Over the years, we’ve seen a number of experimental “smart” gloves that convert their deaf wearer’s hand gestures into text and/or audible speech. The aptly named Sign Language Translation Glove, however, is claimed to be the first mass-produced product to do so.
Manufactured by China’s Wulala Technology Company, the glove is worn on the user’s right hand, and is paired via Bluetooth to an accompanying subscription-based app on their smartphone. It incorporates two-way bending sensors in each finger, along with an IMU (inertial measurement unit) in the palm – the sensors track the pose of the fingers, while the IMU tracks the movement and position of the glove in three-dimensional space.
Deaf users start with the gloved hand hanging down at their side, then form a fist to activate the device. Once it buzzes to let them know it’s ready, they then raise their hand and perform the movements necessary to convey their message in a recognized form of sign language. They drop their hand again once the message is complete, simultaneously bending their fingers and straightening their thumb to let the glove know they’re done. It buzzes again, confirming that it understands.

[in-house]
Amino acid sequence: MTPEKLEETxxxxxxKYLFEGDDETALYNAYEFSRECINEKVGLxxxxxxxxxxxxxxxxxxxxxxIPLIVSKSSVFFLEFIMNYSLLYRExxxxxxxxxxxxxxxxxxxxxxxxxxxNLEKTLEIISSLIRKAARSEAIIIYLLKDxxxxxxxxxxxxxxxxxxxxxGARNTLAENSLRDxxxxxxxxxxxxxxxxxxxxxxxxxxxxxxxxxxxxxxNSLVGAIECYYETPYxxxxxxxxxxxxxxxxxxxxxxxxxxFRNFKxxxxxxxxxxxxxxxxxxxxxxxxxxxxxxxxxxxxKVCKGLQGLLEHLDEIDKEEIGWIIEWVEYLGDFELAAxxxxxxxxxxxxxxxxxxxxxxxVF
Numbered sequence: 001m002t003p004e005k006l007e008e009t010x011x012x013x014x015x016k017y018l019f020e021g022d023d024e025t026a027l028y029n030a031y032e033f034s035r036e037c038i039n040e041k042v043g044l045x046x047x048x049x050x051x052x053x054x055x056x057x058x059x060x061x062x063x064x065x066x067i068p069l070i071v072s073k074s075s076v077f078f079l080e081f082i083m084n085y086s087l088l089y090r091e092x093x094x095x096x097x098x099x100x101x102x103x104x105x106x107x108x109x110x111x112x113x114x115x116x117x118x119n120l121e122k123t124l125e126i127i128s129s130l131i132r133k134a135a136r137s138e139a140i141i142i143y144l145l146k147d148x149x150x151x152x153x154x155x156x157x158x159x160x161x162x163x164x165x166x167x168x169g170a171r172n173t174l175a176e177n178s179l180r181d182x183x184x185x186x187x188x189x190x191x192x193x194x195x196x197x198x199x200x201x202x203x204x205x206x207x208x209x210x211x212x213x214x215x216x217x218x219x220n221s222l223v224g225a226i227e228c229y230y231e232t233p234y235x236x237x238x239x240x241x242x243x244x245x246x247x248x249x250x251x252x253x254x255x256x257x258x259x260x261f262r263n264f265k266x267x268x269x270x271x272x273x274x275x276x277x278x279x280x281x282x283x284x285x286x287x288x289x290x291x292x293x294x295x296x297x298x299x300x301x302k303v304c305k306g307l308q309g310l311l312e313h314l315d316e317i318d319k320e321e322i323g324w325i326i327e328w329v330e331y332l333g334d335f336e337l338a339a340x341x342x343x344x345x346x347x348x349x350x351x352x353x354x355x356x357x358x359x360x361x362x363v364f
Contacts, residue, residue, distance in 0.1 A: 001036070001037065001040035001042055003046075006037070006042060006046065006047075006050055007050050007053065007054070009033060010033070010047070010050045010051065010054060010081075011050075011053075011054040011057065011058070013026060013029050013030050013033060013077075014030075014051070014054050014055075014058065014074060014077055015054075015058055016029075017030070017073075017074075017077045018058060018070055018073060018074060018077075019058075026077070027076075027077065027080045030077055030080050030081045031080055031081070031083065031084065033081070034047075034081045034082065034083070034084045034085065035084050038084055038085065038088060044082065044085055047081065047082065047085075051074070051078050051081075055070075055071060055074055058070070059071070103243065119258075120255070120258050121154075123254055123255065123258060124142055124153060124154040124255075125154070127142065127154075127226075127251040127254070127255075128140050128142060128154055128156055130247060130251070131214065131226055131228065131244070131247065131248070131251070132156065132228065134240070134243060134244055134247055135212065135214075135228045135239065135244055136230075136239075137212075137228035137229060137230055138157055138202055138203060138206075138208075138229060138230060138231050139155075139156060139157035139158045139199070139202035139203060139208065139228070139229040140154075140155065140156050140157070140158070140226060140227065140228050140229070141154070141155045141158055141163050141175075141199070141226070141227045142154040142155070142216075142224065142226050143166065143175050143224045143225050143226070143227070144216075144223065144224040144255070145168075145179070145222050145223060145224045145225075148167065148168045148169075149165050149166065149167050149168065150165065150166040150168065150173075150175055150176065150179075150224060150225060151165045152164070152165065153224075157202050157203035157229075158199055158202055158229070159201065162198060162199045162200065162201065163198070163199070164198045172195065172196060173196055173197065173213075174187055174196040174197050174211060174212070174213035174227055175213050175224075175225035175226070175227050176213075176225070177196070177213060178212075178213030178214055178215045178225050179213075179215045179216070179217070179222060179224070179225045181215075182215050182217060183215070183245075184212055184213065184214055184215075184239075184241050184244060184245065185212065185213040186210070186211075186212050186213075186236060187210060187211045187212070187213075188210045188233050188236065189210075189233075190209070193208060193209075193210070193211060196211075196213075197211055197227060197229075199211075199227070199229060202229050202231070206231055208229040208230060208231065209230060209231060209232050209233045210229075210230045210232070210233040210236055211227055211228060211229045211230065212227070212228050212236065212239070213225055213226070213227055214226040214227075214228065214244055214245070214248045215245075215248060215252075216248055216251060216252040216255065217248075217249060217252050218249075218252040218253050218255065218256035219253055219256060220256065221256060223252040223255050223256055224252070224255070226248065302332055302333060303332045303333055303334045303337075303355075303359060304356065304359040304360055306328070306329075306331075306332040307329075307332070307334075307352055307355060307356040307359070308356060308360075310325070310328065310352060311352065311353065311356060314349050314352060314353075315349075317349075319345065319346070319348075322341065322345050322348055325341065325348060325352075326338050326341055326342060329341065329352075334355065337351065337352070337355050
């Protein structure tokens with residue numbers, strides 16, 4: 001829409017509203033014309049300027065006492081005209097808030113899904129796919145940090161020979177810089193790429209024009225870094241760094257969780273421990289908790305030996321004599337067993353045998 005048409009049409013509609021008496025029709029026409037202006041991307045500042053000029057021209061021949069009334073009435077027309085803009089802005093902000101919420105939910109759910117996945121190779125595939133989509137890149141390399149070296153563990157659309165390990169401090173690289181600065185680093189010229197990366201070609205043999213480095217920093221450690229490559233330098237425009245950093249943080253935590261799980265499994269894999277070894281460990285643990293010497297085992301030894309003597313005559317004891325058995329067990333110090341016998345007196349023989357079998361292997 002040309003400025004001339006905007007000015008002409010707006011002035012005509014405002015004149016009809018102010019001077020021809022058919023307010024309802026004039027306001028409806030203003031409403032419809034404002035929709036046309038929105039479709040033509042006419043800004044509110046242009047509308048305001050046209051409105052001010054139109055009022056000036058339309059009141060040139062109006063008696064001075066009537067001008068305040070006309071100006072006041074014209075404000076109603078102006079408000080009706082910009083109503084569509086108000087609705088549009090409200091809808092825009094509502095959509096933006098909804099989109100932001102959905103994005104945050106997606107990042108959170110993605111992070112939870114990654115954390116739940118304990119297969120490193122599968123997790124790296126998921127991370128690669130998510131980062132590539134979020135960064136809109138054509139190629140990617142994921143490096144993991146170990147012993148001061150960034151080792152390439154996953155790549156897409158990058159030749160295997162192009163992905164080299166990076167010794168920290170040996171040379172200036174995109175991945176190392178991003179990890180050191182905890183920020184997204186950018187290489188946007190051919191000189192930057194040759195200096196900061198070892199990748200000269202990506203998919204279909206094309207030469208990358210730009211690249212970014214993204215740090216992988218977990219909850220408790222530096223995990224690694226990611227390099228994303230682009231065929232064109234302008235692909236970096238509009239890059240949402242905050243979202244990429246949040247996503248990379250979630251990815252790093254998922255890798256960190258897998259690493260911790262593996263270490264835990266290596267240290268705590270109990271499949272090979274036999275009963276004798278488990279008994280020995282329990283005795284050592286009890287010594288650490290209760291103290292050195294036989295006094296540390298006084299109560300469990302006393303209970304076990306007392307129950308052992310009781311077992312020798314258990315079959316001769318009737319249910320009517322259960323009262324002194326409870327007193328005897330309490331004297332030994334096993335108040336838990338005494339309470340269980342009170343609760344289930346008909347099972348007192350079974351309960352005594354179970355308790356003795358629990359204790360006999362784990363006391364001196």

Their message is subsequently relayed through the app in the form of both onscreen text and synthetic speech. After seeing and listening to that message, a hearing person can then speak their response into the phone’s mic. That response will be displayed both as text and as sign language performed by an animated avatar, allowing the deaf user to understand it.
As an added bonus, plans call for the system to eventually be capable of bridging the communication gap between people who speak or sign different languages. If the glove wearer were to sign a question in German Sign Language, for instance, the app could conceivably translate that question into English speech and text. When the other (hearing) person verbally responded in English, their response could be translated to German text and animated German Sign Language.
The glove itself is washable, as its main electronics module is removable. One 90-minute charge of its battery is claimed to be good for at least eight hours of use.
According to Wulala, the technology is already in use in parts of China, and has a 95-percent accuracy rate at recognizing “8,000-plus” Chinese Sign Language terms. The company is now working on additional databases that will allow the app to understand spoken and signed languages such as English, Russian, French, Japanese and German.
Should you be interested, the Sign Language Translation Glove is currently the subject of a Kickstarter campaign. Assuming everything works out, a pledge of €595 (about US$704) will get you one. The planned retail price is $3,000.